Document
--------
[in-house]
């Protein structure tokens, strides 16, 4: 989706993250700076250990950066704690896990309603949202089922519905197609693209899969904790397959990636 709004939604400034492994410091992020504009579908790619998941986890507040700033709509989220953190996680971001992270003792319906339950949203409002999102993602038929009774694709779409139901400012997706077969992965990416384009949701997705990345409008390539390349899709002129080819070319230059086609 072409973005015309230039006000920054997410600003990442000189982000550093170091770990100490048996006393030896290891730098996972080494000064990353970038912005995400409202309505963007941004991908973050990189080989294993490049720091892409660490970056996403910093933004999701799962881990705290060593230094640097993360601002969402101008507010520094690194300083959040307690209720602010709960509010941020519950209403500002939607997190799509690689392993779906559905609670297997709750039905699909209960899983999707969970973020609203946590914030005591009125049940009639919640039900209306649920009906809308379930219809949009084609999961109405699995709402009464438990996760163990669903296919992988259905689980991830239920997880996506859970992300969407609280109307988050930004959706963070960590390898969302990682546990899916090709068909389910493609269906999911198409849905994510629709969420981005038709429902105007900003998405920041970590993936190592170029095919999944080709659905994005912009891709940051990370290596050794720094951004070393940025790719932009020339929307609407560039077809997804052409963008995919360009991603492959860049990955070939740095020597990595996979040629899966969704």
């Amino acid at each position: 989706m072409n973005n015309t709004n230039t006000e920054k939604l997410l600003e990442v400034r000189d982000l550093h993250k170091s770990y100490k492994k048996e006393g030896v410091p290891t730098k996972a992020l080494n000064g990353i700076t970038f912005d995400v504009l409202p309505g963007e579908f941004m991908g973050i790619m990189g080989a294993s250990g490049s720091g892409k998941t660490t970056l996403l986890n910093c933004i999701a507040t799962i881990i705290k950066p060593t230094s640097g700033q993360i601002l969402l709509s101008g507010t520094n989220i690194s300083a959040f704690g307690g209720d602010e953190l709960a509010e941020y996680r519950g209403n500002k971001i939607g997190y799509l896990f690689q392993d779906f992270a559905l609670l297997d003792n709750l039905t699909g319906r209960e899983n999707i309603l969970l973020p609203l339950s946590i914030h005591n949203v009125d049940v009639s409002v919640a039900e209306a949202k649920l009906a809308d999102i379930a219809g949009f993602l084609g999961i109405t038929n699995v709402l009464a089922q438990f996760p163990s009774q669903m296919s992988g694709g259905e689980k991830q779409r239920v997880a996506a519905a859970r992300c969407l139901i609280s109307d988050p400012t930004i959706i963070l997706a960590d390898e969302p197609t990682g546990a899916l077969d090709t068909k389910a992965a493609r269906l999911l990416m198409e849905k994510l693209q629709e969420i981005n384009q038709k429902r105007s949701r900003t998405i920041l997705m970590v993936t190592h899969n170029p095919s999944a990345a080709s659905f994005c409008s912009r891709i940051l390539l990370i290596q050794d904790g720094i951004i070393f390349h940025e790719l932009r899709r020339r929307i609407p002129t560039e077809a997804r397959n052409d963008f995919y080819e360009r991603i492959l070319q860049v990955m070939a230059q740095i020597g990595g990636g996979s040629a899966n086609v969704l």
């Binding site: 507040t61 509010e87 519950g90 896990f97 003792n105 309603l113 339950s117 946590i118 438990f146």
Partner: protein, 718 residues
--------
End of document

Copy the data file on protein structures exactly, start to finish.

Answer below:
[in-house]
């Protein structure tokens, strides 16, 4: 989706993250700076250990950066704690896990309603949202089922519905197609693209899969904790397959990636 709004939604400034492994410091992020504009579908790619998941986890507040700033709509989220953190996680971001992270003792319906339950949203409002999102993602038929009774694709779409139901400012997706077969992965990416384009949701997705990345409008390539390349899709002129080819070319230059086609 072409973005015309230039006000920054997410600003990442000189982000550093170091770990100490048996006393030896290891730098996972080494000064990353970038912005995400409202309505963007941004991908973050990189080989294993490049720091892409660490970056996403910093933004999701799962881990705290060593230094640097993360601002969402101008507010520094690194300083959040307690209720602010709960509010941020519950209403500002939607997190799509690689392993779906559905609670297997709750039905699909209960899983999707969970973020609203946590914030005591009125049940009639919640039900209306649920009906809308379930219809949009084609999961109405699995709402009464438990996760163990669903296919992988259905689980991830239920997880996506859970992300969407609280109307988050930004959706963070960590390898969302990682546990899916090709068909389910493609269906999911198409849905994510629709969420981005038709429902105007900003998405920041970590993936190592170029095919999944080709659905994005912009891709940051990370290596050794720094951004070393940025790719932009020339929307609407560039077809997804052409963008995919360009991603492959860049990955070939740095020597990595996979040629899966969704």
């Amino acid at each position: 989706m072409n973005n015309t709004n230039t006000e920054k939604l997410l600003e990442v400034r000189d982000l550093h993250k170091s770990y100490k492994k048996e006393g030896v410091p290891t730098k996972a992020l080494n000064g990353i700076t970038f912005d995400v504009l409202p309505g963007e579908f941004m991908g973050i790619m990189g080989a294993s250990g490049s720091g892409k998941t660490t970056l996403l986890n910093c933004i999701a507040t799962i881990i705290k950066p060593t230094s640097g700033q993360i601002l969402l709509s101008g507010t520094n989220i690194s300083a959040f704690g307690g209720d602010e953190l709960a509010e941020y996680r519950g209403n500002k971001i939607g997190y799509l896990f690689q392993d779906f992270a559905l609670l297997d003792n709750l039905t699909g319906r209960e899983n999707i309603l969970l973020p609203l339950s946590i914030h005591n949203v009125d049940v009639s409002v919640a039900e209306a949202k649920l009906a809308d999102i379930a219809g949009f993602l084609g999961i109405t038929n699995v709402l009464a089922q438990f996760p163990s009774q669903m296919s992988g694709g259905e689980k991830q779409r239920v997880a996506a519905a859970r992300c969407l139901i609280s109307d988050p400012t930004i959706i963070l997706a960590d390898e969302p197609t990682g546990a899916l077969d090709t068909k389910a992965a493609r269906l999911l990416m198409e849905k994510l693209q629709e969420i981005n384009q038709k429902r105007s949701r900003t998405i920041l997705m970590v993936t190592h899969n170029p095919s999944a990345a080709s659905f994005c409008s912009r891709i940051l390539l990370i290596q050794d904790g720094i951004i070393f390349h940025e790719l932009r899709r020339r929307i609407p002129t560039e077809a997804r397959n052409d963008f995919y080819e360009r991603i492959l070319q860049v990955m070939a230059q740095i020597g990595g990636g996979s040629a899966n086609v969704l």
């Binding site: 507040t61 509010e87 519950g90 896990f97 003792n105 309603l113 339950s117 946590i118 438990f146």
Partner: protein, 718 residues